Amos (/ˈeɪməs/; Hebrew: עָמוֹס , Modern Amos, Tiberian ʻāmōs) was one of the Twelve Minor Prophets. An older contemporary of Hosea and Isaiah, Amos was active c. 750 BC during the reign of Jeroboam II, (786–746 BC). He was from the southern Kingdom of Judah but preached in the northern Kingdom of Israel. Amos wrote at a time of relative peace and prosperity but also of neglect of YHWH's laws. He spoke against an increased disparity between the very wealthy and the very poor. His major themes of social justice, God's omnipotence, and divine judgment became staples of prophecy. The Book of Amos is attributed to him.
1. Was frustrated with reading the “prophecy” in real time but came to appreciate its metaphorical significance. It seemed to foretell nothing but bad actors and bad motivation (by the Israelite’s neighbors and by the Jews themselves). Forced myself to read ahead to the very last section and , lo and behold, the wisdom of the prophecy seemed to show itself in God’s forgiveness and the patience and the righteousness of earthly (human) endurance .
2. I did like the poetic phrasing of the “…not 3 but 4” passages…repeated several times, as a lyrical presentation of some pretty NASTY content.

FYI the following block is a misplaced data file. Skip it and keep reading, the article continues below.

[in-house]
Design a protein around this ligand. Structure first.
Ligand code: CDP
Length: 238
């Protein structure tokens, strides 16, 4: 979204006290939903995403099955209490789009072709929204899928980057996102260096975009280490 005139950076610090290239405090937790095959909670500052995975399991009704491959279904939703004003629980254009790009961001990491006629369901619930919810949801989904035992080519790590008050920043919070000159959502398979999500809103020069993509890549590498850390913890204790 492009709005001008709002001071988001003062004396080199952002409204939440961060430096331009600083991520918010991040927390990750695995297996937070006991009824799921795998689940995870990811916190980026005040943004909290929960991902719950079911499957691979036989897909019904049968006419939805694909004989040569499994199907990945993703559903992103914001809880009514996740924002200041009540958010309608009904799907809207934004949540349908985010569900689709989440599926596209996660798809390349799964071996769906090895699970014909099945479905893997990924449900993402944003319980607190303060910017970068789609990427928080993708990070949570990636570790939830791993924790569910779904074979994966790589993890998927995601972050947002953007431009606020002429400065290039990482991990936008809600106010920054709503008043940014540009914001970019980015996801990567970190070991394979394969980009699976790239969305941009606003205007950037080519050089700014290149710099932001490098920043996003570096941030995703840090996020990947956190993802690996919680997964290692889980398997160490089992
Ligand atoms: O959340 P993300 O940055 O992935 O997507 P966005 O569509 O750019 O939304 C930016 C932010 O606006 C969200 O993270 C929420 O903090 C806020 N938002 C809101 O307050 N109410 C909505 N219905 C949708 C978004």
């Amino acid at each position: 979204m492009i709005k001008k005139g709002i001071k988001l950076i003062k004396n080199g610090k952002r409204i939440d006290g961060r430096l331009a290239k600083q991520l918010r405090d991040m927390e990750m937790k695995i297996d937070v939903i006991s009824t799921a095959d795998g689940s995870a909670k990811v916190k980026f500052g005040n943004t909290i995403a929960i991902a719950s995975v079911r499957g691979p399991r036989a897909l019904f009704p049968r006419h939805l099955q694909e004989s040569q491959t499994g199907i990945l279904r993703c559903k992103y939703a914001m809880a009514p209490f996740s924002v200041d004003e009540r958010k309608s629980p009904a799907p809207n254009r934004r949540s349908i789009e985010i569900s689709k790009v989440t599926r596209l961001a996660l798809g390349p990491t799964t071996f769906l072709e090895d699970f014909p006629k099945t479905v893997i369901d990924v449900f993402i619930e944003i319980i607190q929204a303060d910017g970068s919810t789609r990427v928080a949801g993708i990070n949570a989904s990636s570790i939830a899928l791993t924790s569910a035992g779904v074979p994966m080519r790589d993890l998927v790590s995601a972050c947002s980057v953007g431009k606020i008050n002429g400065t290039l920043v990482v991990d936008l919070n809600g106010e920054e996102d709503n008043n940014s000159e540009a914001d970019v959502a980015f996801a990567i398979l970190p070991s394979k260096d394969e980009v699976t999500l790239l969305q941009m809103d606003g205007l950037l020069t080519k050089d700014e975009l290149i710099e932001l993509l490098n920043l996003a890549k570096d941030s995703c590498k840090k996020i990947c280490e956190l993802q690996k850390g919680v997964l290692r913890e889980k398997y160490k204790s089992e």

3. Also appreciated Avrahm’s interpretation of the metaphor presented in Amos, re: the ‘wisdon’ and ‘eldership’ of Amos speaking about good and bad, action and consequences, in such a matter-of-fact kind of way to demonstrate that there is both virtue and evil in all our souls…hence the struggle to find peace and justice in everyday life.
And this passage from Wiki was interesting discussing the implications of Social Justice that we speak of regularly (and did so last Sat)
The ancient exhortation to what in modern times would be considered social justice is expressed by the voice of God in Amos' teachings. Amos is told by God that the Israelites are going to face divine intervention as institutionalized oppression was running rampant in Israel. God expressed this institutionalized oppression by saying that the Israelites were practicing religiosity without righteousness. By oppressing the poor and failing to practice justice the Israelites were behaving unrighteously; social justice was to be enacted as a core of God’s message in Amos' prophetic teachings.
Within a few speeches associated with the Civil Rights Movement and political address, Amos' teachings can be found. In Martin Luther King Jr.’s famous speech “I Have a Dream”, King quotes the Book of Amos. The enticing “we will not be satisfied until justice rolls down like waters and righteousness like a mighty stream” was alluding to Amos' message of social justice and by doing so heightened the morale of the oppressed African American population during the Civil Rights Movement (Amos 5:24 ). Similarly and using the very same quote, Bernie Sanders referenced Amos' in his campaign speech, rhetorically implying he stands for social justice.
I hardly remember this am but it was lovely: I do remember all the imagery of destruction, fire and brimstone but ending with that beautiful passage of honey dripping from the mountains, and "everything right with the world"----that was so beautiful; may it come to be!